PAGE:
Articles | Volume 10, issue 4
Atmos. Chem. Phys., 10, 1885–1898, 2010

Special issue: European Integrated Project on Aerosol-Cloud-Climate and Air...

Atmos. Chem. Phys., 10, 1885–1898, 2010

  18 Feb 2010

18 Feb 2010

Atmospheric data over a solar cycle: no connection between galactic cosmic rays and new particle formation

M. Kulmala1, I. Riipinen1,2, T. Nieminen1, M. Hulkkonen1, L. Sogacheva1,3, H. E. Manninen1, P. Paasonen1, T. Petäjä1, M. Dal Maso1, P. P. Aalto1, A. Viljanen3, I. Usoskin4, R. Vainio1, S. Mirme5, A. Mirme5, A. Minikin6, A. Petzold6, U. Hõrrak5, C. Plaß-Dülmer7, W. Birmili8, and V.-M. Kerminen3 M. Kulmala et al.
  • 1University of Helsinki, Helsinki, Finland
  • 2Carnegie Mellon University, Pittsburgh, Pennsylvania, USA
  • 3Finnish Meteorological Institute, Helsinki, Finland
  • 4Sodankylä Geophysical Observatory (Oulu Unit), University of Oulu, Sodankylä, Finland
  • 5University of Tartu, Tartu, Estonia
  • 6Deutsches Zentrum für Luft- und Raumfahrt (DLR), Wessling, Germany
  • 7Meteorologisches Observatorium Hohenpeissenberg, Deutscher Wetterdienst (DWD), Hohenpeissenberg, Germany
  • 8Leibniz Institute for Tropospheric Research, Leipzig, German

Abstract. Aerosol particles affect the Earth's radiative balance by directly scattering and absorbing solar radiation and, indirectly, through their activation into cloud droplets. Both effects are known with considerable uncertainty only, and translate into even bigger uncertainties in future climate predictions. More than a decade ago, variations in galactic cosmic rays were suggested to closely correlate with variations in atmospheric cloud cover and therefore constitute a driving force behind aerosol-cloud-climate interactions. Later, the enhancement of atmospheric aerosol particle formation by ions generated from cosmic rays was proposed as a physical mechanism explaining this correlation. Here, we report unique observations on atmospheric aerosol formation based on measurements at the SMEAR II station, Finland, over a solar cycle (years 1996–2008) that shed new light on these presumed relationships. Our analysis shows that none of the quantities related to aerosol formation correlates with the cosmic ray-induced ionisation intensity (CRII). We also examined the contribution of ions to new particle formation on the basis of novel ground-based and airborne observations. A consistent result is that ion-induced formation contributes typically significantly less than 10% to the number of new particles, which would explain the missing correlation between CRII and aerosol formation. Our main conclusion is that galactic cosmic rays appear to play a minor role for atmospheric aerosol formation events, and so for the connected aerosol-climate effects as well.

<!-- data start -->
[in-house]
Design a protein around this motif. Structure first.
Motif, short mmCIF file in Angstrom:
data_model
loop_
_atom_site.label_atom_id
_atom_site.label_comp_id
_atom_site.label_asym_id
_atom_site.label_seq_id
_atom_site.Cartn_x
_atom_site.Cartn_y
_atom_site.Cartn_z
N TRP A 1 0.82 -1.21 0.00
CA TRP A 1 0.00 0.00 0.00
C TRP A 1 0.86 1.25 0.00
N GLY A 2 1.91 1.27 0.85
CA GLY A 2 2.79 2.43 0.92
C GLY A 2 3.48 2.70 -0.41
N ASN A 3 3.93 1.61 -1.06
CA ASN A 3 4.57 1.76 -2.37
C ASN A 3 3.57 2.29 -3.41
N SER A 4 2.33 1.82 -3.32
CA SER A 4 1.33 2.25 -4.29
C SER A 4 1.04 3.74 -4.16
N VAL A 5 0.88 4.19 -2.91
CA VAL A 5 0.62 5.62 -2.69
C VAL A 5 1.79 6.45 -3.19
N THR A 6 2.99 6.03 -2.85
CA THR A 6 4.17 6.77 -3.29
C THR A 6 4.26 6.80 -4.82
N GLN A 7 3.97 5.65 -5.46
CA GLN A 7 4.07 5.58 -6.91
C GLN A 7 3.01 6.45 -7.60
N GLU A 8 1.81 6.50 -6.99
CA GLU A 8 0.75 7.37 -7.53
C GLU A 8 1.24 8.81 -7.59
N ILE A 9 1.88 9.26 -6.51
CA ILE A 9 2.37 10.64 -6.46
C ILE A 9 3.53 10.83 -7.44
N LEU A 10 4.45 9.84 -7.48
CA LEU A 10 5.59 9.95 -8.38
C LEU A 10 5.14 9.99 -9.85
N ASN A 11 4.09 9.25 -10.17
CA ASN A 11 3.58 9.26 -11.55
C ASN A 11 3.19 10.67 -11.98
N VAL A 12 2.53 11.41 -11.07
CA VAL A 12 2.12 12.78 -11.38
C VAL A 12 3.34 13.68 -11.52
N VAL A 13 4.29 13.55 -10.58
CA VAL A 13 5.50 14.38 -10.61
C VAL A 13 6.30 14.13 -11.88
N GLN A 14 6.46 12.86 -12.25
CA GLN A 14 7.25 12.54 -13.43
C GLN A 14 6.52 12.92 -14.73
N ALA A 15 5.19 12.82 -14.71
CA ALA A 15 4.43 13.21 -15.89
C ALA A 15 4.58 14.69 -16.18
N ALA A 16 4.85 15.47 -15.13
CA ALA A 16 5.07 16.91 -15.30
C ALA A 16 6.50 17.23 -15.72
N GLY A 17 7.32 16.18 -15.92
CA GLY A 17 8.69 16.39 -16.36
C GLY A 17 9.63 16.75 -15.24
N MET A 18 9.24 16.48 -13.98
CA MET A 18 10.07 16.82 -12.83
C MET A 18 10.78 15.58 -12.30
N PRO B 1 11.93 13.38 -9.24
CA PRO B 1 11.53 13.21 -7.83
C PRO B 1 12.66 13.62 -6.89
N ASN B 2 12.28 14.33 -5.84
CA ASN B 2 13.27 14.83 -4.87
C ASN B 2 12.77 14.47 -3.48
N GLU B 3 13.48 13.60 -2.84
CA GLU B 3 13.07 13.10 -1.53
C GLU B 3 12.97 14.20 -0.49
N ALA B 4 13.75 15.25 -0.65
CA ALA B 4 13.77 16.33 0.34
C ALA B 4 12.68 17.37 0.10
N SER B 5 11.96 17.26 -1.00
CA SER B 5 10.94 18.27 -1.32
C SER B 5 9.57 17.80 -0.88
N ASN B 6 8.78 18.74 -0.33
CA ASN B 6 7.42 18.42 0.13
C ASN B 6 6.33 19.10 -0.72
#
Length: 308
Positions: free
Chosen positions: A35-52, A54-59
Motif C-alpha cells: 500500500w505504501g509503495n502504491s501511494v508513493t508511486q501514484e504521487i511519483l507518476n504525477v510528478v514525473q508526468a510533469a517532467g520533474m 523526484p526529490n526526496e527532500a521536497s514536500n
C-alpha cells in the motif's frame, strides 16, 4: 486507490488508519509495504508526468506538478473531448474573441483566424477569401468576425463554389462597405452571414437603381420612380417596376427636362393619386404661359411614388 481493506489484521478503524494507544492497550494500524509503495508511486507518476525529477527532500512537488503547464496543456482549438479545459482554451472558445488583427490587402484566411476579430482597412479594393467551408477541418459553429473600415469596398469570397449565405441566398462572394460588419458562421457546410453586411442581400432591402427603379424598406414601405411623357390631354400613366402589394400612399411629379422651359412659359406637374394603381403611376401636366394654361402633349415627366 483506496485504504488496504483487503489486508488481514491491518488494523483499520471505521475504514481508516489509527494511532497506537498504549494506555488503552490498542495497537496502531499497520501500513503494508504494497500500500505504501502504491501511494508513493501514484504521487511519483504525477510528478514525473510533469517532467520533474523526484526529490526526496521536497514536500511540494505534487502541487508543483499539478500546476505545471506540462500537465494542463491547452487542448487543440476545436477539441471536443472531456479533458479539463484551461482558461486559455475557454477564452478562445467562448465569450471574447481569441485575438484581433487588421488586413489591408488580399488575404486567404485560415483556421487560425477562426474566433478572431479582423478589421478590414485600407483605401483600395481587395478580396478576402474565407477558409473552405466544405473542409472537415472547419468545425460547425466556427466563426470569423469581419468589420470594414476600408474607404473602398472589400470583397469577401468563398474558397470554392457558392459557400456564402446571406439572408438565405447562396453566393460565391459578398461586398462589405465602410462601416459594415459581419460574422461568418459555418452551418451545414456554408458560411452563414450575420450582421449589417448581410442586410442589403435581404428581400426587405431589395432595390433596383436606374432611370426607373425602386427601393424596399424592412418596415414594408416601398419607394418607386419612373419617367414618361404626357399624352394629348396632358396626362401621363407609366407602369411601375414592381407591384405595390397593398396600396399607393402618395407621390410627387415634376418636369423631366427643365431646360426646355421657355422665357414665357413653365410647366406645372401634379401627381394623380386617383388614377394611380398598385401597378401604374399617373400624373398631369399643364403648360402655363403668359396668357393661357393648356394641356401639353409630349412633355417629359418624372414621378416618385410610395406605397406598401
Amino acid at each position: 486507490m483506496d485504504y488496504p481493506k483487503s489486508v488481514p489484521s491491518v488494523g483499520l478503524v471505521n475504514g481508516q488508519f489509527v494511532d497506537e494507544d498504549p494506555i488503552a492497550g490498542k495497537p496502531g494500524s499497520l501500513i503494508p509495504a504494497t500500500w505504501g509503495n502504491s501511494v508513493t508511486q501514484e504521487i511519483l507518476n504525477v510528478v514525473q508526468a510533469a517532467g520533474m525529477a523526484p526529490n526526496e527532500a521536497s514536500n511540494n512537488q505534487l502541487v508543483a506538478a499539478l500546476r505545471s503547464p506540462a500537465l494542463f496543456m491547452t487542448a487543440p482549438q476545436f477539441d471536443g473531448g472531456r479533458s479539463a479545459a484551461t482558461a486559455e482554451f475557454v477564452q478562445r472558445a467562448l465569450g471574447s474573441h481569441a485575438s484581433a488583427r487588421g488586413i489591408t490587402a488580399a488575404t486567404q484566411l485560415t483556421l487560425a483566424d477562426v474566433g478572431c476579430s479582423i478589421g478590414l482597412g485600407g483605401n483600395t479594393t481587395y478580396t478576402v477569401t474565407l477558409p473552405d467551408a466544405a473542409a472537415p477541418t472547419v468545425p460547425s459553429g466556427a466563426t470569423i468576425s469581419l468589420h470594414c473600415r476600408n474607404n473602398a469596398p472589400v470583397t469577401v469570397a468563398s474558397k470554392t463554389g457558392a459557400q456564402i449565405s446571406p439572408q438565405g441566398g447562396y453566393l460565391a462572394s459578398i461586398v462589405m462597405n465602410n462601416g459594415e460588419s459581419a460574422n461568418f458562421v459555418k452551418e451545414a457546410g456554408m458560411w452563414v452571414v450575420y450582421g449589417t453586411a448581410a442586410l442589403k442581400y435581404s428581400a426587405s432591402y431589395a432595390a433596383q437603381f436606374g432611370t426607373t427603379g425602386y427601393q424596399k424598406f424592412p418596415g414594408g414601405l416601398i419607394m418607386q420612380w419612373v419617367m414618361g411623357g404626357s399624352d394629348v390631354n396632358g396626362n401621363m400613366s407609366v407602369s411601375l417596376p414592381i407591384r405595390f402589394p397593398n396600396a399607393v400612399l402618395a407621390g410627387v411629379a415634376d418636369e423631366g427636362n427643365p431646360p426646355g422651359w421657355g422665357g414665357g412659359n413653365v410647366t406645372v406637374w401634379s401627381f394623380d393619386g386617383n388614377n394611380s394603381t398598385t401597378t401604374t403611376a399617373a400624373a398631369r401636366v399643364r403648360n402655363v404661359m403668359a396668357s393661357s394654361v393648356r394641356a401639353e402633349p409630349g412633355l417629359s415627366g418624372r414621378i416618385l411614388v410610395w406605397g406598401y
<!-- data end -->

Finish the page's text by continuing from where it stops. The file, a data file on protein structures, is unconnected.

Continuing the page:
Final-revised paper